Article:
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an idea in space management

Image by NASA

By Tim Clark

I was looking around various news sites on the internet last week when I came across a picture of Congressperson Lauren Bobert (Republican, Colorado). She was asking to be called Congressman Lauren Bobert, just to show Nancy Pelosi and her gang of jackbooted, cancel culture thugs that she wasn’t going to be pushed around by the enactment of the unusually robust and egalitarian Equality Act. To make her case she was packing heat, in the form of an enormous handgun holstered at her side, waiting for the next Democrat who was stupid enough to call her Congressperson Bobert. It was nothing new—“Welcome back my friends to the show that never ends.”[1]

What caught my eye was the Space Force hat she was wearing.

Space Force, I had forgotten all about it. I remember Donald Trump’s awkward announcement, the giggles from military historians, the sneers and catcalls of a society already in debt to a complex system of weapons development and procurement, the complete and almost cosmic shockwaves running through Congress. I remember thinking of Heinlein and Philip K. Dick and the fantastic stories of my youth. It made me a little weepy and nostalgic for the days when I could get lost in a flea market novel, until I realized it was actually happening.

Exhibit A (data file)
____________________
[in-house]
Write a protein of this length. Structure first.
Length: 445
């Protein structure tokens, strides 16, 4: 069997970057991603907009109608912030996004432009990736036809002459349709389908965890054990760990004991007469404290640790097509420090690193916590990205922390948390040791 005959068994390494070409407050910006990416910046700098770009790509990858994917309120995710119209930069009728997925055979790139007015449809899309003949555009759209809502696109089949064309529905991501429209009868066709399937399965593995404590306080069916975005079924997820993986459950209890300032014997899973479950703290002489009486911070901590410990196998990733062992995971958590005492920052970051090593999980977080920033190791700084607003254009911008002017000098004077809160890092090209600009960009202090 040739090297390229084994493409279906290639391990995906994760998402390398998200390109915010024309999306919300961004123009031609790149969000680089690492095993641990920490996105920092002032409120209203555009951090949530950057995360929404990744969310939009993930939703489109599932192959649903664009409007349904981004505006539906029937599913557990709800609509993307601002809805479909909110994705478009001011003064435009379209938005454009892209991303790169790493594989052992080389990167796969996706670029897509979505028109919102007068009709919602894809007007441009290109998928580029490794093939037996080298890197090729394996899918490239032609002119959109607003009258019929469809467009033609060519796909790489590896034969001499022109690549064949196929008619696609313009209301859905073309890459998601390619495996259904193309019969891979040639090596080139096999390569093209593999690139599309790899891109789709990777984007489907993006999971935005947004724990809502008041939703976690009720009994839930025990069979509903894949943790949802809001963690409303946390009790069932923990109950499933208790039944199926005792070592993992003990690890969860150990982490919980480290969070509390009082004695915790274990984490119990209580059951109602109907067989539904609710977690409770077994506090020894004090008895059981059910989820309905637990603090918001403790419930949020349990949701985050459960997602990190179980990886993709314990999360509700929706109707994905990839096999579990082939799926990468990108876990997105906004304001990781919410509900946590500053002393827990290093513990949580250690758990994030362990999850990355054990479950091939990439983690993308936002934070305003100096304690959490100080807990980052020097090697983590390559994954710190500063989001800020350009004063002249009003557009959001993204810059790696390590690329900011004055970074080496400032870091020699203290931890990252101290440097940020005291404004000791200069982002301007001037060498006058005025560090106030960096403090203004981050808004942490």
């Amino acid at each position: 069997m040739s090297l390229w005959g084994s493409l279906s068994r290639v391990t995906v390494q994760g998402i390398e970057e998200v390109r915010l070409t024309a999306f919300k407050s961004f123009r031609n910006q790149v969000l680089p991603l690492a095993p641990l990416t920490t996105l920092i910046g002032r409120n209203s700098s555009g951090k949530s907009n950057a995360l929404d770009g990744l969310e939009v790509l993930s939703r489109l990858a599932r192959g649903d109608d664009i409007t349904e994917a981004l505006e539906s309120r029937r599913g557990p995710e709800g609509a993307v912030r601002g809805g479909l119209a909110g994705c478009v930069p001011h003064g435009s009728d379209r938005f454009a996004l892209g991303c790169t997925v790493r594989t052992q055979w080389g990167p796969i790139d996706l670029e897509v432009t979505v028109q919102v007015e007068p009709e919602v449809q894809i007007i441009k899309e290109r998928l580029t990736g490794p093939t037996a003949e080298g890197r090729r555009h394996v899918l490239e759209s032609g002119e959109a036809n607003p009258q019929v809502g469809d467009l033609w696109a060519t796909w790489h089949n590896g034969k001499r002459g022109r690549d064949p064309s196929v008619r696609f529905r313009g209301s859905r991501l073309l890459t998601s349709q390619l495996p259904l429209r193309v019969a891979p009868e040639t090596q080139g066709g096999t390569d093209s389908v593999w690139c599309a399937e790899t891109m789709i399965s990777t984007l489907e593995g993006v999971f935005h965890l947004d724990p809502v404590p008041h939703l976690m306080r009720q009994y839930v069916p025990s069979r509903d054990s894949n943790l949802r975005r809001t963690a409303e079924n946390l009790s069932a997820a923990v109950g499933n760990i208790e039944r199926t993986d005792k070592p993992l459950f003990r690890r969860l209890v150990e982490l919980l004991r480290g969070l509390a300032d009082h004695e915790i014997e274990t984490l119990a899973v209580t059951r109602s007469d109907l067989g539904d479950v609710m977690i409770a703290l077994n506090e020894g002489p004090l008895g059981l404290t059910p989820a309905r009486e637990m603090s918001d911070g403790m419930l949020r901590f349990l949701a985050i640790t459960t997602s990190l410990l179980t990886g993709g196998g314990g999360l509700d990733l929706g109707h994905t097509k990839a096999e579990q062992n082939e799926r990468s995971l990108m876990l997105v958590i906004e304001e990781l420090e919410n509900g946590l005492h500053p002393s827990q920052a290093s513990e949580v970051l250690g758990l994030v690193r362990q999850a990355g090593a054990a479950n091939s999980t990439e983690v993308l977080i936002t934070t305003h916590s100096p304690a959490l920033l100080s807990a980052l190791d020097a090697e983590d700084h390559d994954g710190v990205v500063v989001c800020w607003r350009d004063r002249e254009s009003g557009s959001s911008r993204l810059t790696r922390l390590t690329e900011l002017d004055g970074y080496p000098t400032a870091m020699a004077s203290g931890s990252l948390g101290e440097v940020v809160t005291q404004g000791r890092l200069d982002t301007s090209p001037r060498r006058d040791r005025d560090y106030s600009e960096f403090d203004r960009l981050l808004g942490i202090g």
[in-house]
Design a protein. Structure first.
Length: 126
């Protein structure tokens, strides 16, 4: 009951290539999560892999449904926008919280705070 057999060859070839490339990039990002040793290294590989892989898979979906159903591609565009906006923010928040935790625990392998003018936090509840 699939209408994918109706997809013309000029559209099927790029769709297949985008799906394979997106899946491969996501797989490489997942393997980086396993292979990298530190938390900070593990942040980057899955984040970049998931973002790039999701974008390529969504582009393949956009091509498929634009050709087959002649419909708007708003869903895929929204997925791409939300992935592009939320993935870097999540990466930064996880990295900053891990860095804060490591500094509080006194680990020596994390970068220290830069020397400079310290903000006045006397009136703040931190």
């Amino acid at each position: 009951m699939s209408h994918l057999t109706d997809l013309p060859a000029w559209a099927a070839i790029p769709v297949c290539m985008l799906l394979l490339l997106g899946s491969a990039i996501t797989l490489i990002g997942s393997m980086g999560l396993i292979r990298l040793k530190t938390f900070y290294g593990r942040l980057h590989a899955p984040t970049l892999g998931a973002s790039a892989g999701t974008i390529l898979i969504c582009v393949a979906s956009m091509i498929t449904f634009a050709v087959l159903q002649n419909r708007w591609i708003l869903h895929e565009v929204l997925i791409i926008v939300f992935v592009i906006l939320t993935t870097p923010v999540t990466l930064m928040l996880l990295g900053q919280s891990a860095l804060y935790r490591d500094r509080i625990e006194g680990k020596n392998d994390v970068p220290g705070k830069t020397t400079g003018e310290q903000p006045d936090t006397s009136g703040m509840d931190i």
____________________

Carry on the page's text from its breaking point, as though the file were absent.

A quick search revealed congress had passed a defense appropriation bill with 15.2 billion dollars for Space Force. Part of that is my money, and I wanted to see what they were doing with it.  Space Force “is a military service that organizes, trains, and equips space forces in order to protect US… interests in space and to provide space capabilities… USSF responsibilities include developing Guardians, acquiring military space systems, maturing the military doctrine for space power, and organizing space forces to present to our Combatant Commands.”

Guardians, that’s what we need, space guardians brought to you by Donald J Trump. “In this week’s episode of Meat meets Music have a big glass of Trump vodka, throw some Trump steaks on the grill and spend the evening listening to the delightful, dulcet sounds of ‘The Trump Guardians in Space.’”